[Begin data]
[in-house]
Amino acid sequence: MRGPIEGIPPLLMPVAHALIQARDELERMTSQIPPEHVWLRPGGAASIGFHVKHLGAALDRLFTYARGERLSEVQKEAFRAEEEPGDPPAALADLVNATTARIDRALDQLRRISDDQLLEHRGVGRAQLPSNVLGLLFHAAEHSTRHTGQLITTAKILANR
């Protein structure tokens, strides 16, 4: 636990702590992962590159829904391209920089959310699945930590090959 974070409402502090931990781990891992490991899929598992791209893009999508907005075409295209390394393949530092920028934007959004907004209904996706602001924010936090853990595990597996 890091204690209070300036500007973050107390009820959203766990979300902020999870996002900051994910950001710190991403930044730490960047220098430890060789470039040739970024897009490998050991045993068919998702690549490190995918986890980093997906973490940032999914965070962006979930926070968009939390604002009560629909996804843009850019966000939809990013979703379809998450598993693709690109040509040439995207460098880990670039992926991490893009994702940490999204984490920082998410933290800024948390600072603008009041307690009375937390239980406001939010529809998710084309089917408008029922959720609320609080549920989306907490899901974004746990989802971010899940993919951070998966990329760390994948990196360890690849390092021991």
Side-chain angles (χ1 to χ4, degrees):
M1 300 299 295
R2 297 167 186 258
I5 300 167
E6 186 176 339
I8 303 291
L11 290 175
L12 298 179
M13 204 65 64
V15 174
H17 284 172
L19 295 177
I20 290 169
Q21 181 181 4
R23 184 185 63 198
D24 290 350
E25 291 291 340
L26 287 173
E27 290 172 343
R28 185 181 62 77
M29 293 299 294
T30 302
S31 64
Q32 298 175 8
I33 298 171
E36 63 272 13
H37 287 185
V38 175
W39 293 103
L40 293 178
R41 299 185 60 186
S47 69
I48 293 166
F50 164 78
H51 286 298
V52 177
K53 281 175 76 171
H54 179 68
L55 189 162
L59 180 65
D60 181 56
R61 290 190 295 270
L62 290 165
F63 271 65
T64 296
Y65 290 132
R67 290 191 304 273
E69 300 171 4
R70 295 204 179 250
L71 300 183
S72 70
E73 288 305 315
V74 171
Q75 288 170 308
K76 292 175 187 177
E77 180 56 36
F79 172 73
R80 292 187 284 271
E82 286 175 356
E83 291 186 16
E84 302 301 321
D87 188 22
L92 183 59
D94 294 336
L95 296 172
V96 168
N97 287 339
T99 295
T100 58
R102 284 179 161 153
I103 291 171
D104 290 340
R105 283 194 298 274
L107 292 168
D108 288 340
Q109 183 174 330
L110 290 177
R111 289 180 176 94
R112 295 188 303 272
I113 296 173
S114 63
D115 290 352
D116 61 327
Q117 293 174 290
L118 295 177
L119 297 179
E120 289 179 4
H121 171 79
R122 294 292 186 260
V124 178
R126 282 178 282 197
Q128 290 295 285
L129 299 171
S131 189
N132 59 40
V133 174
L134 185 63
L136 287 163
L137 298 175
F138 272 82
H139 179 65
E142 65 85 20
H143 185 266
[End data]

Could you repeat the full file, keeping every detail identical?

[in-house]
Amino acid sequence: MRGPIEGIPPLLMPVAHALIQARDELERMTSQIPPEHVWLRPGGAASIGFHVKHLGAALDRLFTYARGERLSEVQKEAFRAEEEPGDPPAALADLVNATTARIDRALDQLRRISDDQLLEHRGVGRAQLPSNVLGLLFHAAEHSTRHTGQLITTAKILANR
């Protein structure tokens, strides 16, 4: 636990702590992962590159829904391209920089959310699945930590090959 974070409402502090931990781990891992490991899929598992791209893009999508907005075409295209390394393949530092920028934007959004907004209904996706602001924010936090853990595990597996 890091204690209070300036500007973050107390009820959203766990979300902020999870996002900051994910950001710190991403930044730490960047220098430890060789470039040739970024897009490998050991045993068919998702690549490190995918986890980093997906973490940032999914965070962006979930926070968009939390604002009560629909996804843009850019966000939809990013979703379809998450598993693709690109040509040439995207460098880990670039992926991490893009994702940490999204984490920082998410933290800024948390600072603008009041307690009375937390239980406001939010529809998710084309089917408008029922959720609320609080549920989306907490899901974004746990989802971010899940993919951070998966990329760390994948990196360890690849390092021991």
Side-chain angles (χ1 to χ4, degrees):
M1 300 299 295
R2 297 167 186 258
I5 300 167
E6 186 176 339
I8 303 291
L11 290 175
L12 298 179
M13 204 65 64
V15 174
H17 284 172
L19 295 177
I20 290 169
Q21 181 181 4
R23 184 185 63 198
D24 290 350
E25 291 291 340
L26 287 173
E27 290 172 343
R28 185 181 62 77
M29 293 299 294
T30 302
S31 64
Q32 298 175 8
I33 298 171
E36 63 272 13
H37 287 185
V38 175
W39 293 103
L40 293 178
R41 299 185 60 186
S47 69
I48 293 166
F50 164 78
H51 286 298
V52 177
K53 281 175 76 171
H54 179 68
L55 189 162
L59 180 65
D60 181 56
R61 290 190 295 270
L62 290 165
F63 271 65
T64 296
Y65 290 132
R67 290 191 304 273
E69 300 171 4
R70 295 204 179 250
L71 300 183
S72 70
E73 288 305 315
V74 171
Q75 288 170 308
K76 292 175 187 177
E77 180 56 36
F79 172 73
R80 292 187 284 271
E82 286 175 356
E83 291 186 16
E84 302 301 321
D87 188 22
L92 183 59
D94 294 336
L95 296 172
V96 168
N97 287 339
T99 295
T100 58
R102 284 179 161 153
I103 291 171
D104 290 340
R105 283 194 298 274
L107 292 168
D108 288 340
Q109 183 174 330
L110 290 177
R111 289 180 176 94
R112 295 188 303 272
I113 296 173
S114 63
D115 290 352
D116 61 327
Q117 293 174 290
L118 295 177
L119 297 179
E120 289 179 4
H121 171 79
R122 294 292 186 260
V124 178
R126 282 178 282 197
Q128 290 295 285
L129 299 171
S131 189
N132 59 40
V133 174
L134 185 63
L136 287 163
L137 298 175
F138 272 82
H139 179 65
E142 65 85 20
H143 185 266